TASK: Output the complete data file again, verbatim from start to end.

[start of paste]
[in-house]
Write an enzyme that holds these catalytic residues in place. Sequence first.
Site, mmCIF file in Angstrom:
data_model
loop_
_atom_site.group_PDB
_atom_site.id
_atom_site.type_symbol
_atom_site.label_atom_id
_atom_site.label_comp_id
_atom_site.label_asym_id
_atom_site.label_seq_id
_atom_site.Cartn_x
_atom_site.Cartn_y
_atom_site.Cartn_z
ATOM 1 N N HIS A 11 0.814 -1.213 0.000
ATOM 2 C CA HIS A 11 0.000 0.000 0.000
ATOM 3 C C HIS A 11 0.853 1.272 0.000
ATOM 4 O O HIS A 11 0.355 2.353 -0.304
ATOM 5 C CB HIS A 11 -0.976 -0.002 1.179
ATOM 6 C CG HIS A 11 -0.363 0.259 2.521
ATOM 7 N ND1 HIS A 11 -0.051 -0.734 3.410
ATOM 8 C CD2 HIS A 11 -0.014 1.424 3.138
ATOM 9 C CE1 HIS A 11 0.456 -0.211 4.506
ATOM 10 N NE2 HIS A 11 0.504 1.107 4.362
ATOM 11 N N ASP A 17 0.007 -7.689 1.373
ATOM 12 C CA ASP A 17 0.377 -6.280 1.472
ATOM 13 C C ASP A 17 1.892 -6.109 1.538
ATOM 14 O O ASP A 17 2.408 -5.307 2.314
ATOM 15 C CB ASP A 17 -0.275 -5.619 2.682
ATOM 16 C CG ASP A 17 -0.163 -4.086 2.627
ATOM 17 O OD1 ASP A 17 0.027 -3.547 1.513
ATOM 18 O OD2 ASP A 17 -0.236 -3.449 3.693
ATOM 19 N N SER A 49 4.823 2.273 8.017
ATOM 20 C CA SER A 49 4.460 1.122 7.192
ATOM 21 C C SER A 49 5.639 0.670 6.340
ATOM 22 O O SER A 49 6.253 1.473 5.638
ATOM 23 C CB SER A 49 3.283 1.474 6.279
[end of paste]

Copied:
[in-house]
Write an enzyme that holds these catalytic residues in place. Sequence first.
Site, mmCIF file in Angstrom:
data_model
loop_
_atom_site.group_PDB
_atom_site.id
_atom_site.type_symbol
_atom_site.label_atom_id
_atom_site.label_comp_id
_atom_site.label_asym_id
_atom_site.label_seq_id
_atom_site.Cartn_x
_atom_site.Cartn_y
_atom_site.Cartn_z
ATOM 1 N N HIS A 11 0.814 -1.213 0.000
ATOM 2 C CA HIS A 11 0.000 0.000 0.000
ATOM 3 C C HIS A 11 0.853 1.272 0.000
ATOM 4 O O HIS A 11 0.355 2.353 -0.304
ATOM 5 C CB HIS A 11 -0.976 -0.002 1.179
ATOM 6 C CG HIS A 11 -0.363 0.259 2.521
ATOM 7 N ND1 HIS A 11 -0.051 -0.734 3.410
ATOM 8 C CD2 HIS A 11 -0.014 1.424 3.138
ATOM 9 C CE1 HIS A 11 0.456 -0.211 4.506
ATOM 10 N NE2 HIS A 11 0.504 1.107 4.362
ATOM 11 N N ASP A 17 0.007 -7.689 1.373
ATOM 12 C CA ASP A 17 0.377 -6.280 1.472
ATOM 13 C C ASP A 17 1.892 -6.109 1.538
ATOM 14 O O ASP A 17 2.408 -5.307 2.314
ATOM 15 C CB ASP A 17 -0.275 -5.619 2.682
ATOM 16 C CG ASP A 17 -0.163 -4.086 2.627
ATOM 17 O OD1 ASP A 17 0.027 -3.547 1.513
ATOM 18 O OD2 ASP A 17 -0.236 -3.449 3.693
ATOM 19 N N SER A 49 4.823 2.273 8.017
ATOM 20 C CA SER A 49 4.460 1.122 7.192
ATOM 21 C C SER A 49 5.639 0.670 6.340
ATOM 22 O O SER A 49 6.253 1.473 5.638
ATOM 23 C CB SER A 49 3.283 1.474 6.279